Real Estate

Evicting A Senile Old Lady – A Tenant From Hell Story

Most “tenant from hell” stories involve bad people who don’t pay their rent.  This one is a bit different…

This article was written by Rachelle: a real estate guru who works as a property manager and helps investors find rental properties in Toronto and surrounding areas.  She has recently started a very interesting blog called Landlord Rescue.  You can subscribe to the RSS feed here.

If you haven’t read Rachelle’s last post then check out The Stripper With Dirty Feet – A Tenant from Hell Story .  A great read.

Most tenants who can’t pay their rent are very dysfunctional.  How people act in one area of their life reflects in other areas.  It follows that the people who are being evicted are usually the same people who cause damage, break into cars, do drugs, run guns, store stolen cars in the parking garage and cause trouble.

This isn’t a story about those people, but rather an eviction I did that had a real impact on me as a person because I had to make a decision to betray a friend’s wishes for her good and ours.

Mrs. R and the Flood

Every building has a person who comes to the management office on a daily basis.  These residents break up our day, inject a bit of humour, and keep us up to date with the building news.  Usually seniors, they are on watch for every single going on.  If a dog does his business in the elevator, they’ll tell you.  Other people call them busy bodies but generally property managers like them.

In one building I worked in, we had a 96 year old lady exactly like this – let’s call her “Mrs R”.  Every day Mrs. R would read the Toronto Star and then she would bring us the paper so we could read it too.  She would tell us about her arthritis and how much it sucks to get old.

Show and Tell

One time Mrs. R showed me her bed sore, right in the management office.  She pulled down her pants and showed me her ass.  We even got the whole thing on video because the office had security cameras.

Mrs. R took a real shine to me.  I was her favourite.  After all she showed ME her bedsore!

Every two weeks, her daughter would come to see her and bring her food and take her to the doctor or hairdresser.  Mrs. R was getting really old – at 96 she was doing pretty well, but she needed a walker, and she also wasn’t very hungry. She was skinny as a rail and her daughter brought her container after container of food trying to fatten her up.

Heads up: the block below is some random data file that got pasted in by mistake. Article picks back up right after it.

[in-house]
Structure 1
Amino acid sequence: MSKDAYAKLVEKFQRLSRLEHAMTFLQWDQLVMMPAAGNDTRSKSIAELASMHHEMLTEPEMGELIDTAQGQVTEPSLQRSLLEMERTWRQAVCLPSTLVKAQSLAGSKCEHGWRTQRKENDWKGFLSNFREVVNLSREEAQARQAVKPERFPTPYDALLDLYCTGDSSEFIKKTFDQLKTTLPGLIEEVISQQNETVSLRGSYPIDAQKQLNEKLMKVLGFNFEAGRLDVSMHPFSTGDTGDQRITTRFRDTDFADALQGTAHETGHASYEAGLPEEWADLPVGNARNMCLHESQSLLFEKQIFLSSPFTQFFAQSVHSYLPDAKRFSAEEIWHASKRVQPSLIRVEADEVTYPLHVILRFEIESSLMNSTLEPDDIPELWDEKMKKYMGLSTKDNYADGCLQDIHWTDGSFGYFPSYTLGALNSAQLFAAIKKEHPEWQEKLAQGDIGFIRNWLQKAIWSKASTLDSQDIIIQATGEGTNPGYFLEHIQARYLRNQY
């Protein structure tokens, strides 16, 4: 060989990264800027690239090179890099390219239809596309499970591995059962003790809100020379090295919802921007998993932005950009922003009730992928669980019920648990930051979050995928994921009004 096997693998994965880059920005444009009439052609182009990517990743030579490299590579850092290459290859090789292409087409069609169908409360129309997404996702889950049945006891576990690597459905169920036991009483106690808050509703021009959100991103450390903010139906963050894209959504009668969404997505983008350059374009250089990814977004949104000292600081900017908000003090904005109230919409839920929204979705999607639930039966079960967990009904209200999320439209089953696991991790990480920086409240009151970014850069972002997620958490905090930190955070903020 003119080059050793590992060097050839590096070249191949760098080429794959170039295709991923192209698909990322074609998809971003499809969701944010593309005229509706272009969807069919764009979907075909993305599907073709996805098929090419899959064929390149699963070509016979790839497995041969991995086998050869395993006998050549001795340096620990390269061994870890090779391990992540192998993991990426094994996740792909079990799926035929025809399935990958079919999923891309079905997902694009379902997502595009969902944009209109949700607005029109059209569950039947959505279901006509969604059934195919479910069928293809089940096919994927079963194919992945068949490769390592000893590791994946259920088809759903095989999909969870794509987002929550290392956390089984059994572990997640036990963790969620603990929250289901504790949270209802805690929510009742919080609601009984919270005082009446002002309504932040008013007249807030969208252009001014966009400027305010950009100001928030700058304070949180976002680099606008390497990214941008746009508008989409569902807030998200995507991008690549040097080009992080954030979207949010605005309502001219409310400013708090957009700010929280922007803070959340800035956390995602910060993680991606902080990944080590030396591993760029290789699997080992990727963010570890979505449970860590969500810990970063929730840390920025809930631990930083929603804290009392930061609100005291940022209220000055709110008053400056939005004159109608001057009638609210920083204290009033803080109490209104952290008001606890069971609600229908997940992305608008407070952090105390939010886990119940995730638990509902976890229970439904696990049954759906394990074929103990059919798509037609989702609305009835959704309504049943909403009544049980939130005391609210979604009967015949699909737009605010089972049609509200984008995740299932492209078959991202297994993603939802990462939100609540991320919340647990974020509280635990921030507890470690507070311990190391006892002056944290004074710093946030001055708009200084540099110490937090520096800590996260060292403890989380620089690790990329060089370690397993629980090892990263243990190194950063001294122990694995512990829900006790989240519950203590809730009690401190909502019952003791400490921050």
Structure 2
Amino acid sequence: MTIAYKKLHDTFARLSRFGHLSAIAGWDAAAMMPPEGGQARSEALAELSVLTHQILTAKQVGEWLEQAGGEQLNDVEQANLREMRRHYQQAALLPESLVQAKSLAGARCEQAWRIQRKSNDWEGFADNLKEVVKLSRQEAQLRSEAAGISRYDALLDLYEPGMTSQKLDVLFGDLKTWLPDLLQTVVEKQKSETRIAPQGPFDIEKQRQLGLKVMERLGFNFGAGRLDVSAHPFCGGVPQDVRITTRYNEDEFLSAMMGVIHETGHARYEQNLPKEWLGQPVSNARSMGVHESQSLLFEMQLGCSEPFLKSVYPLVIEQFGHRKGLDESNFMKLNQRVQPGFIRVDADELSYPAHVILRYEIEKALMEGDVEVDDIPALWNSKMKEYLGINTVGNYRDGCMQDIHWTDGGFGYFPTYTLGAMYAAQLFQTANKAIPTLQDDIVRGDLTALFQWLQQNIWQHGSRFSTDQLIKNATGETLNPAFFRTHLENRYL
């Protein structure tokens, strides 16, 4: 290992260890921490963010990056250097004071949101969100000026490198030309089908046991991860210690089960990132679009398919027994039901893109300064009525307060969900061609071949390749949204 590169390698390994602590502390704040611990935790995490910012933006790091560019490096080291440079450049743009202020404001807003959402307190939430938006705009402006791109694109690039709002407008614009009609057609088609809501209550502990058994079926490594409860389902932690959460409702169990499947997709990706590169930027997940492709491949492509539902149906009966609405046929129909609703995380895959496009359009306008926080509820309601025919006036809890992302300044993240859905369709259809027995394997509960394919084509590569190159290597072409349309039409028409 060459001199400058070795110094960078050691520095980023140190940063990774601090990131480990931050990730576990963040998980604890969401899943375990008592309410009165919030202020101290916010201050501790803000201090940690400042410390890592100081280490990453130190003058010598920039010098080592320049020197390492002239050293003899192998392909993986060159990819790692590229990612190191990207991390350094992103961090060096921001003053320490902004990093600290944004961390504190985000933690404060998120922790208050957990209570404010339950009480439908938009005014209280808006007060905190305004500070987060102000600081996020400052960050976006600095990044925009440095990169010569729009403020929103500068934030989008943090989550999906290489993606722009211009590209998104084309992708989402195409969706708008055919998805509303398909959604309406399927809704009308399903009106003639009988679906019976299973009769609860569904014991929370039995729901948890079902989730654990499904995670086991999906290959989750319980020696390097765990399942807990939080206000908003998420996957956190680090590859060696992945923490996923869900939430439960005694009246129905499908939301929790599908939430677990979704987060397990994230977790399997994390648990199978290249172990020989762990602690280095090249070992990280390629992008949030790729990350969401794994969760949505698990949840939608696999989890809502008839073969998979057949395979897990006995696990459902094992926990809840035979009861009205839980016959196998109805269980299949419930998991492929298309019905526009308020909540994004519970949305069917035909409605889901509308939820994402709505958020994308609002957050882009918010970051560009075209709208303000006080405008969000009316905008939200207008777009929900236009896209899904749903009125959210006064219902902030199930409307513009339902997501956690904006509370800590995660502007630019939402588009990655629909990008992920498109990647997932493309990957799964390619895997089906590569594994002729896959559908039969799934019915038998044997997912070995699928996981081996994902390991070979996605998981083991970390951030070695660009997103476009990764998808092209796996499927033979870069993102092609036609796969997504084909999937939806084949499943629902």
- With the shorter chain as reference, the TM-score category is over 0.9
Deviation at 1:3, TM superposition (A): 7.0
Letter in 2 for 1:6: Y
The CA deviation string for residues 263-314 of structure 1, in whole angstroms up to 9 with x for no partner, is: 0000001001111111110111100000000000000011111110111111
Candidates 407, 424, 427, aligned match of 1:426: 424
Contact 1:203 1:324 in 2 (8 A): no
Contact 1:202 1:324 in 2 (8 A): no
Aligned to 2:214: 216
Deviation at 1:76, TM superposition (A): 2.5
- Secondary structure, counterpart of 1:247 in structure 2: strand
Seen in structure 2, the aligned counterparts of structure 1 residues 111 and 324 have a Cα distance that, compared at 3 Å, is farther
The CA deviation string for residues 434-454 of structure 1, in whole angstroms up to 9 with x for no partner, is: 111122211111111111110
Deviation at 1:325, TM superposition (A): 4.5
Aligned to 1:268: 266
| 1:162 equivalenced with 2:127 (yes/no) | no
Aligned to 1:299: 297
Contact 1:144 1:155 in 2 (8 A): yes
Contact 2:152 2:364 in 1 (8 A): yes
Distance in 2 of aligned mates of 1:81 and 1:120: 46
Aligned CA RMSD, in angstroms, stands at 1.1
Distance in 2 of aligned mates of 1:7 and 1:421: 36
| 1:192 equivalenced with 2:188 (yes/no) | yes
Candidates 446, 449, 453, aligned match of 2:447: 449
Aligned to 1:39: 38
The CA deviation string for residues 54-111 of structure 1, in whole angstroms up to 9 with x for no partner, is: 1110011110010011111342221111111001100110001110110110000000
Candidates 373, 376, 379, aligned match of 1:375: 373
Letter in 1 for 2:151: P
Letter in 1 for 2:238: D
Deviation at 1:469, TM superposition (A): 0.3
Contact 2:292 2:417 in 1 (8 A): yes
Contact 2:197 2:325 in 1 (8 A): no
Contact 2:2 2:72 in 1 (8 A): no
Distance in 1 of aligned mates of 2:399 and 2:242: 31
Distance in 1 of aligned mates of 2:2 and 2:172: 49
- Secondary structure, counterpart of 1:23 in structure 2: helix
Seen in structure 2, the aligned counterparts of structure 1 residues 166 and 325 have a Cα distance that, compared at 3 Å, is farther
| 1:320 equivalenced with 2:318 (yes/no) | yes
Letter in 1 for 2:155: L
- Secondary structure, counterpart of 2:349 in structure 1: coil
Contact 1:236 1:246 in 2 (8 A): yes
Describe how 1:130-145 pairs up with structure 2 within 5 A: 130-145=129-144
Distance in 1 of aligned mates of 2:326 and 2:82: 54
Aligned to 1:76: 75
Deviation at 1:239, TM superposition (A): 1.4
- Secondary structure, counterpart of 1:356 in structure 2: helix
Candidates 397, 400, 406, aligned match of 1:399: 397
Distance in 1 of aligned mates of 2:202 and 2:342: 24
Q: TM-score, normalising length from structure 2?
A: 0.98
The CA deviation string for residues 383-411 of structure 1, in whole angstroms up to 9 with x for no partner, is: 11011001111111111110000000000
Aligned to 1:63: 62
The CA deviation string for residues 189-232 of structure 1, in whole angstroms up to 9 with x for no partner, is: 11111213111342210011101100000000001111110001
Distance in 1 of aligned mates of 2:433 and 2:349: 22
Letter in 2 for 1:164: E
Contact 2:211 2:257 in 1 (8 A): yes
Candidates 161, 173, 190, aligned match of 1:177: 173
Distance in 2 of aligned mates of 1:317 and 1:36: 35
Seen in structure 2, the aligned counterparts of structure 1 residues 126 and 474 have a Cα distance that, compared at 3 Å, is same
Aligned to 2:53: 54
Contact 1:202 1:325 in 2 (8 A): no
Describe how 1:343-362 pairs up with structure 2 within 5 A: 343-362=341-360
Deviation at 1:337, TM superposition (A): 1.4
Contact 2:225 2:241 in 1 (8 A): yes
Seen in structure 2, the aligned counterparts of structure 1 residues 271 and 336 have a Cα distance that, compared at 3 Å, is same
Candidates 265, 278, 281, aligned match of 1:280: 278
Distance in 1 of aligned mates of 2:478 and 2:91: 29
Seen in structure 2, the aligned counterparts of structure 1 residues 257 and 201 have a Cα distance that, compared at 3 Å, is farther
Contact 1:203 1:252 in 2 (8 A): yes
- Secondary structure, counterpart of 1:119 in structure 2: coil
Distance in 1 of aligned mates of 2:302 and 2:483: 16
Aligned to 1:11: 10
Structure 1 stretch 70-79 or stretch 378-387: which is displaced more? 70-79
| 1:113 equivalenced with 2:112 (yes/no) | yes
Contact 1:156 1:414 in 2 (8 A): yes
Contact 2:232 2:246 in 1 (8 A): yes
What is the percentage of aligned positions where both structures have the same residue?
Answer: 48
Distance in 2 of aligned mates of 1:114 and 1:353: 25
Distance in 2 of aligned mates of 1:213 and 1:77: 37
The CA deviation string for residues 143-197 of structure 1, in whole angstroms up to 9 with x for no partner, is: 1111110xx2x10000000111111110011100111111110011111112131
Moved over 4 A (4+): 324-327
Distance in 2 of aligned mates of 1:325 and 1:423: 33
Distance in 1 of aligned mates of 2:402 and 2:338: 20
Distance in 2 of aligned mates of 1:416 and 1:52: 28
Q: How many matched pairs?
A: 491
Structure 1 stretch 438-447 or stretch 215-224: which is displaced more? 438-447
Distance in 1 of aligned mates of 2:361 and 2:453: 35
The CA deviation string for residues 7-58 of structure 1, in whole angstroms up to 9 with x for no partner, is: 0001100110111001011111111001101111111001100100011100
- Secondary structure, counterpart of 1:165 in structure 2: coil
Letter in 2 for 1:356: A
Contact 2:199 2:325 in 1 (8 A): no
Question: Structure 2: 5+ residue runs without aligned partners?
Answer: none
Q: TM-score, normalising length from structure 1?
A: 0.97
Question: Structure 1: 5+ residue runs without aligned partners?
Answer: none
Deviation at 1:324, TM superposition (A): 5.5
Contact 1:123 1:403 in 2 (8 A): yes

Mrs. R couldn’t eat all the food and she didn’t want to make her daughter mad.  She would come to the management office with her little containers of weird food and give them to me.  At first I politely refused. Then I didn’t want to hurt her feelings. So the edible deliveries continued the entire time I worked there until she got evicted.

How lies lead to more lies

The whole food gift thing got very complicated. Every day I would go through an elaborate charade – get the food, dump it, clean the dish, all while keeping a sharp eye out for Mrs. R.  The longer it went on the worse it was.  My subterfuge had taken on a horrible life of its’ own.  It got worse when she asked me to comment on which food I liked better or how great certain recipes were.  The other staff would snicker at my inventive replies and my awkwardness.

I really loved Mrs. R.  She was funny and witty and sharp as hell.  She never forgot to pick up one single plastic dish.  She shared her life with us.  Every one in the office liked her.  Religiously she came to see us.

Life was getting harder for Mrs. R as she aged.  Her daughter lived in the boonies and couldn’t visit very often.  Mrs. R forgot her pills or took them twice sometimes.  She was having a hard time getting around and she was getting frightfully thin.

The Fateful Event

One day we got a call from the 12th floor. Water was pouring into someone’s apartment.  The super sprung into action to find the source of the leak.  He followed the leak to the 18th floor, right into Mrs. R’s apartment.  She forgot to turn off her kitchen tap and flooded six floors.

Later Mrs. R calls down to the office.  I sent the super up to her apartment again.  He talks to her for a while and then comes directly back to see me.  Apparently Mrs. R was drying off her socks and pants in her oven and they caught on fire.  That’s what got her evicted.

The Eviction

Nobody wants to evict Mrs. R, but it’s the only way we’ll get her out of the building and into a home where she can get better care.  Her daughter’s been trying to get her into a home for years, but Mrs. R is stubborn.